Microsoft Automatic Update

There is a lot of huffing and puffing over the recent use of the
Microsoft Update service to automatically download a non-critical
application. Said application, called Windows Genuine Advantage, checks
among other things, to see if the copy of Windows you are
using is legally obtained. If it can confirm this, no problem. If
not, from what I understand, it will pop-up boxes telling you to
stop using it (i.e., your supposely illegaly obtained copy of Windows).

In many people’s minds, the problem is that MS used the download
service for something that is clearly unrelated to patching
vulnerabilities. Although, I am sure, MS disagrees with this, I
have to question what else MS may decide is in its best interest,
but not necessarily of their customers.

I’ve talked before about the lack of trust that some people have
when it comes to MS so I won’t repeat it here. But this is an
example of what I meant.

That said, I’ve come to the conclusion that for most people,
they should continue to use the automatic setting because they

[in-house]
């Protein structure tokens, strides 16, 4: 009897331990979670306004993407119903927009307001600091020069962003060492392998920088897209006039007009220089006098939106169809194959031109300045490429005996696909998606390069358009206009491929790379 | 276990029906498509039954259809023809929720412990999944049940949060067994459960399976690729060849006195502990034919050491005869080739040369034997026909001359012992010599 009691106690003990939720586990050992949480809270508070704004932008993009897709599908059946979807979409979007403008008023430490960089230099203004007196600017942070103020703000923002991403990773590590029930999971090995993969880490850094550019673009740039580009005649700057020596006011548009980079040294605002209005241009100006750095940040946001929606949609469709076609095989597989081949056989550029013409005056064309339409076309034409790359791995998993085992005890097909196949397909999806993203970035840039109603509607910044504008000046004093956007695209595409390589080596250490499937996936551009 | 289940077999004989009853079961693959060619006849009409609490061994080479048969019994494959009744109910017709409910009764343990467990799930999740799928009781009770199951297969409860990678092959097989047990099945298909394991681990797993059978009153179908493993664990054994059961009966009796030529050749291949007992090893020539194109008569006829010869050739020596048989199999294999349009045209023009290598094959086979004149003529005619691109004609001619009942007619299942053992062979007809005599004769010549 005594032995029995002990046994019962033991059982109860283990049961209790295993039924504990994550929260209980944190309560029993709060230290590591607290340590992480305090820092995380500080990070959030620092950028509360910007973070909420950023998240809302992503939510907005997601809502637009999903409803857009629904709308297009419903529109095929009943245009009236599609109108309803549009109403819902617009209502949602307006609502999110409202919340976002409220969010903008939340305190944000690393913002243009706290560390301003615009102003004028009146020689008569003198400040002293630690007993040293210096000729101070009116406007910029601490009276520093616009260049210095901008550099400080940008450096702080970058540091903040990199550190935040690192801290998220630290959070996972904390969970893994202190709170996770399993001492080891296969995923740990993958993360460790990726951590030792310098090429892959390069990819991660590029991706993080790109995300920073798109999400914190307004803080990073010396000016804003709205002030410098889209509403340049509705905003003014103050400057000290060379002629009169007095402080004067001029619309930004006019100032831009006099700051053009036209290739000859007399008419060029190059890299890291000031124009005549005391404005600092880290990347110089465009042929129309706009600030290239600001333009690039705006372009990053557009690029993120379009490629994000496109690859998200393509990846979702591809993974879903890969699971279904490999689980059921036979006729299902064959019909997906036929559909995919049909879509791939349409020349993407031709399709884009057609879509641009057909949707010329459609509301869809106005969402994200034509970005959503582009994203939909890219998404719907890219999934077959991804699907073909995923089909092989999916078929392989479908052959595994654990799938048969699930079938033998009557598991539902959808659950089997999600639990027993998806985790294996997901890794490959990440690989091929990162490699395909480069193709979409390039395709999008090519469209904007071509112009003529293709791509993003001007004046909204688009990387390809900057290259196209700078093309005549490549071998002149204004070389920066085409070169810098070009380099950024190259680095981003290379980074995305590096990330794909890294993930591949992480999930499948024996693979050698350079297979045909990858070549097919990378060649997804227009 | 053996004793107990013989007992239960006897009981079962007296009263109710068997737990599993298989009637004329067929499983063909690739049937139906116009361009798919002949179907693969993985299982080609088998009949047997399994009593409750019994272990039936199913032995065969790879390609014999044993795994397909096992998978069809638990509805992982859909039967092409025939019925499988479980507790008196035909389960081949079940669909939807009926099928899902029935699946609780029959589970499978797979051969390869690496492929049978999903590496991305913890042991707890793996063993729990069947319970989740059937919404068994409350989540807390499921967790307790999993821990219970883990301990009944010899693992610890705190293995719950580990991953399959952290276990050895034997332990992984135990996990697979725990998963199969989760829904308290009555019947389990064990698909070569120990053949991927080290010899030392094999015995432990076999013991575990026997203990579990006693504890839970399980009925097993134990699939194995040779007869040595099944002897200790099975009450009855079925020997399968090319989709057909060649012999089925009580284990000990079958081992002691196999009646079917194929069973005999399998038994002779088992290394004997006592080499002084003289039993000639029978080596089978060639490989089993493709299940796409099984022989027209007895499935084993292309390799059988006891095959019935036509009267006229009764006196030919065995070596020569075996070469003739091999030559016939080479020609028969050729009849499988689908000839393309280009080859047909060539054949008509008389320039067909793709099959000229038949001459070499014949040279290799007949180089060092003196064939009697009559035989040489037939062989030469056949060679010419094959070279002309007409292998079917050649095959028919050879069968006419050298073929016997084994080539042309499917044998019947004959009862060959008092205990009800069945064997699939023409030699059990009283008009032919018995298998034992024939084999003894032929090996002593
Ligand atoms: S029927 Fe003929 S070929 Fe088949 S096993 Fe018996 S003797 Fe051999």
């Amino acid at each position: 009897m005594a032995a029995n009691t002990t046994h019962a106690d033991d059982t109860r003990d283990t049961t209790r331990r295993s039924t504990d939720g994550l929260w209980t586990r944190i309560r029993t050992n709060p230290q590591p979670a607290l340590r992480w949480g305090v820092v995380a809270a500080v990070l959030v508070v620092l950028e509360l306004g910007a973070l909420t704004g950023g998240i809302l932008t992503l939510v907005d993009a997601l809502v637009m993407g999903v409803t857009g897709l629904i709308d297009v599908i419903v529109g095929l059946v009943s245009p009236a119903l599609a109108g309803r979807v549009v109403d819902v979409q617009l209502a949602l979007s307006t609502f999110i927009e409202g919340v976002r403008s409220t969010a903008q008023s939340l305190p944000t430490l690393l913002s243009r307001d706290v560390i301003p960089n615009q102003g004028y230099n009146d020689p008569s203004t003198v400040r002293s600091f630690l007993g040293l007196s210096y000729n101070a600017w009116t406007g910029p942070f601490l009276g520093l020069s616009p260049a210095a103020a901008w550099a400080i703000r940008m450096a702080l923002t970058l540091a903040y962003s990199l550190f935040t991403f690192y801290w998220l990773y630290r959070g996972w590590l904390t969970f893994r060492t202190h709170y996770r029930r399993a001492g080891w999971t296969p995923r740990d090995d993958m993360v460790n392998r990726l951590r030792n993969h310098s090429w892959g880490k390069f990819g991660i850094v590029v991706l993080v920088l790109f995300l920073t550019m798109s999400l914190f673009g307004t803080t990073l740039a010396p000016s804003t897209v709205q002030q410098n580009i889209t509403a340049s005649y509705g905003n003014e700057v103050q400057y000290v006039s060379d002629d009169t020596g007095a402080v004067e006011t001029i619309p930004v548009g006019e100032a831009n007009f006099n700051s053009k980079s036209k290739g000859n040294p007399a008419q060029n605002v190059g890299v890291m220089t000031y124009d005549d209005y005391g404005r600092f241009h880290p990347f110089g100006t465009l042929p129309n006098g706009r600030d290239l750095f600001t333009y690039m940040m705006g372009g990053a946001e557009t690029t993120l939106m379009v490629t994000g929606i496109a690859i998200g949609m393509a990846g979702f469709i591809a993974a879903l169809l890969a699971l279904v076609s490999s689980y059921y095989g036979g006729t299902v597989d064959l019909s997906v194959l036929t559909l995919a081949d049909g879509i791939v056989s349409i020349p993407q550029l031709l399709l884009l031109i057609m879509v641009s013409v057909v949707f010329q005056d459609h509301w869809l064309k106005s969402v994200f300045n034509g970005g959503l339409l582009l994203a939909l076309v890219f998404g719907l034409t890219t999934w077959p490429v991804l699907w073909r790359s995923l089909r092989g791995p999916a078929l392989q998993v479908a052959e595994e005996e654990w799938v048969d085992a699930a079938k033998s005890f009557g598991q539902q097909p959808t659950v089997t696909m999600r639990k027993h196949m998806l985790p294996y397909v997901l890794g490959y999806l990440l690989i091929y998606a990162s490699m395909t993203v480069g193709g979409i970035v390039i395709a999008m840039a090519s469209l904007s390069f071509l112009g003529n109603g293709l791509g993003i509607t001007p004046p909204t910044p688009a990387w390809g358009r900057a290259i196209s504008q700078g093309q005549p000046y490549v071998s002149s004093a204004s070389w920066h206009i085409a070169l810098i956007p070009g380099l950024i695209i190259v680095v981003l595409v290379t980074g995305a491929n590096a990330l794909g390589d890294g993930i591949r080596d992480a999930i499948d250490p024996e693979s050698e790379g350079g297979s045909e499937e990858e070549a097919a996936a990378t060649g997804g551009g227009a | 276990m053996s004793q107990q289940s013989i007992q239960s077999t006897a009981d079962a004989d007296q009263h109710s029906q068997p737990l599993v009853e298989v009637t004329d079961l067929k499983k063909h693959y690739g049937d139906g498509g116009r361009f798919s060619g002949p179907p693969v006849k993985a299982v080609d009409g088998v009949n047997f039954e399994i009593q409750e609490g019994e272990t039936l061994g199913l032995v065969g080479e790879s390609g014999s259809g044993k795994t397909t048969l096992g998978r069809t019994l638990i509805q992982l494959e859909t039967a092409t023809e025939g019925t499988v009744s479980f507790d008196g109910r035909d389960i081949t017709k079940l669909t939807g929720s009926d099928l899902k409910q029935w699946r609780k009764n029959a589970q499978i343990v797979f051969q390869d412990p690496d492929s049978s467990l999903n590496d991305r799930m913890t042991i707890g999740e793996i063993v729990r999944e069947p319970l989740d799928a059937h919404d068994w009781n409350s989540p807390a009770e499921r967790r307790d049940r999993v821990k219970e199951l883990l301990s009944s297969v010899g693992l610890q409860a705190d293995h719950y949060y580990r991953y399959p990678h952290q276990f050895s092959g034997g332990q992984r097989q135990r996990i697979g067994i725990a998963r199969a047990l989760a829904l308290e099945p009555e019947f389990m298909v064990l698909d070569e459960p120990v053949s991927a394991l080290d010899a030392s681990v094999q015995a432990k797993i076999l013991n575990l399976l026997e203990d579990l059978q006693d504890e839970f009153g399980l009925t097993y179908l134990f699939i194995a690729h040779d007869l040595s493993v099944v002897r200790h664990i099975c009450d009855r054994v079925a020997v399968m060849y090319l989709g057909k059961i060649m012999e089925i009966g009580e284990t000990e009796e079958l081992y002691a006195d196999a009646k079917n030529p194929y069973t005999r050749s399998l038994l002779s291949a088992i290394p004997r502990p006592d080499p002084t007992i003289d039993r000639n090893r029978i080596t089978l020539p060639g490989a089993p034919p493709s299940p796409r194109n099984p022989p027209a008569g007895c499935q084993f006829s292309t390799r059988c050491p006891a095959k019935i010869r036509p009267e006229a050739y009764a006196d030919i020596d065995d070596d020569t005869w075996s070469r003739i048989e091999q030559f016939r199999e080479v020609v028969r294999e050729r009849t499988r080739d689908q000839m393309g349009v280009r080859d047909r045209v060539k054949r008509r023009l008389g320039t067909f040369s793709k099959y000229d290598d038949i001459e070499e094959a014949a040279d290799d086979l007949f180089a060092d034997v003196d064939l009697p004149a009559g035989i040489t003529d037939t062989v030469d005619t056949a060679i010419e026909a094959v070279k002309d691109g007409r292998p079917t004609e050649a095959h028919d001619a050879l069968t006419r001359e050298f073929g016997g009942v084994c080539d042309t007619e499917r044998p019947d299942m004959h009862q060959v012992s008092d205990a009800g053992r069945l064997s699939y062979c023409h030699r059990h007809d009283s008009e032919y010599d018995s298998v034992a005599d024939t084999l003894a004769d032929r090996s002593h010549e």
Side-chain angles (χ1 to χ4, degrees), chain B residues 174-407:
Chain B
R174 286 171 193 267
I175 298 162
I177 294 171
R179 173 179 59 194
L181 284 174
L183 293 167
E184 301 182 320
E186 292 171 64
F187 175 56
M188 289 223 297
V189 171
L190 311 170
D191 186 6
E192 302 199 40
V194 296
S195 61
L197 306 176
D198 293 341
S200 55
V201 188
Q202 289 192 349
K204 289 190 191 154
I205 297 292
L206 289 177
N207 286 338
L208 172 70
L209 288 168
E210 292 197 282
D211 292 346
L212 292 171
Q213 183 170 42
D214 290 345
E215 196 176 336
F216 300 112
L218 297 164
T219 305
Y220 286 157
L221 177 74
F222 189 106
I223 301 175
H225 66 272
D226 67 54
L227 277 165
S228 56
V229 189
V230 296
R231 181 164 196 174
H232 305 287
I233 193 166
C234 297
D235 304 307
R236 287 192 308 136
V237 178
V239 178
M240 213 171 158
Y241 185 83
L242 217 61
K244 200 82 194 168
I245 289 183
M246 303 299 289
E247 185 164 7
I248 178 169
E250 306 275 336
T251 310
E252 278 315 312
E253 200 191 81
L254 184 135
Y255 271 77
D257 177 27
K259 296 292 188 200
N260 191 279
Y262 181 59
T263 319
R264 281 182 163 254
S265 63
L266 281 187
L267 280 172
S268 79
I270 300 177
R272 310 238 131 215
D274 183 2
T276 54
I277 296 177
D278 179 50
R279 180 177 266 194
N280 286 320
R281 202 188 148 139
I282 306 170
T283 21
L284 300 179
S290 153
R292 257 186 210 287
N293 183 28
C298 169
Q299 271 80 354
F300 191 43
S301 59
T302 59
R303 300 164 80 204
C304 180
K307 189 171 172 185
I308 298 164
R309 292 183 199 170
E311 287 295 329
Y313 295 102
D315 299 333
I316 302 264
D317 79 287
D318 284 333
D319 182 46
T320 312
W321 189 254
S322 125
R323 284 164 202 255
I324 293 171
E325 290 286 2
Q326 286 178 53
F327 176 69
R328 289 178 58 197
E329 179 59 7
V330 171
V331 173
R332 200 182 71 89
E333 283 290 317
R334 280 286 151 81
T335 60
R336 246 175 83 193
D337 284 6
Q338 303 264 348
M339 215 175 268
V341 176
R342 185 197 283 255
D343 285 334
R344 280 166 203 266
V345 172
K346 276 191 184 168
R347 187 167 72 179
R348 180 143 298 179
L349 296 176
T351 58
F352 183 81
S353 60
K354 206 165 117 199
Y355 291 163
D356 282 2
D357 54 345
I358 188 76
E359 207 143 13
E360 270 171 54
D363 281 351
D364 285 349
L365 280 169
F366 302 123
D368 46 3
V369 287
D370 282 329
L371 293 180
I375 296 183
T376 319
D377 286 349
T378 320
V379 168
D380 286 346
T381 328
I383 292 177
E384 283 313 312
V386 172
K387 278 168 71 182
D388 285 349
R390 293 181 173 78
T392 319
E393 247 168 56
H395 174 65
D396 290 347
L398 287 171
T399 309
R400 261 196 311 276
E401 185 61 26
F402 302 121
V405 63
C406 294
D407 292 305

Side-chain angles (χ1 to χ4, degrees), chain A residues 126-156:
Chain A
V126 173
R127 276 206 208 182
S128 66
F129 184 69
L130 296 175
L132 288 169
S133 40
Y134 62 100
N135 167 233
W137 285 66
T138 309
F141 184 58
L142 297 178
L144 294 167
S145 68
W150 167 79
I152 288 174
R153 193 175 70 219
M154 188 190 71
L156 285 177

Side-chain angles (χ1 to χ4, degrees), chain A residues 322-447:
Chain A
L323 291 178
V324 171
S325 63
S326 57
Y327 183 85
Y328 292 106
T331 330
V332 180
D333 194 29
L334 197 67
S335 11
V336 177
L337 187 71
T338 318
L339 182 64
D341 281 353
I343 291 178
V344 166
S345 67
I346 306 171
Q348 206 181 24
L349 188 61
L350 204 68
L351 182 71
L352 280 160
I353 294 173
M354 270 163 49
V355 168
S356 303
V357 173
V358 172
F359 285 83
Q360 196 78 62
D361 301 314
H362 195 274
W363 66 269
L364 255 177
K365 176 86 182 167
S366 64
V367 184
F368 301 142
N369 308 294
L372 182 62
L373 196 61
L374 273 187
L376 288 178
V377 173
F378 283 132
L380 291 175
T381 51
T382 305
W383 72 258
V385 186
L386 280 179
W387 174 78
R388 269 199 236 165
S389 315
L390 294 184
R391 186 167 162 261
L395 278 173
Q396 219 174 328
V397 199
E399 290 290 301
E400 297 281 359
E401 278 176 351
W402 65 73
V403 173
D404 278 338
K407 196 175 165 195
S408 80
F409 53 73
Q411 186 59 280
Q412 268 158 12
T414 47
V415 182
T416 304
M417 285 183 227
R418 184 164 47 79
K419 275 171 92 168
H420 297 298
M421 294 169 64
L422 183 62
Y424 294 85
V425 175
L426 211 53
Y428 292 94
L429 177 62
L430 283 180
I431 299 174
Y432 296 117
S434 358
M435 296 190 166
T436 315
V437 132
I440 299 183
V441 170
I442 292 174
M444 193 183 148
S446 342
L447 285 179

won’t get the truly critical patches otherwise. But for those 11
geeks tech savy readers of this site, you may want to set
one of the other options so that you can wait and see what kind of
reaction hits the Internet. If nothing much happens, then go ahead
and manually down the patch. But if an instant uproar occurs, you
may wish to wait awhile.

Better yet, switch to Linux. For all its problems with buggy
opensource software, at least you don’t have to worry about this
kind of fubar.



One response to “Microsoft Automatic Update

  1. While I’m not overly irked by the validation, I am starting to get a little sick of the numerous versions that seem to have been released. The current version is I think the 3rd or 4th.

    And each one is another download, another “yes, I agree” and another wait.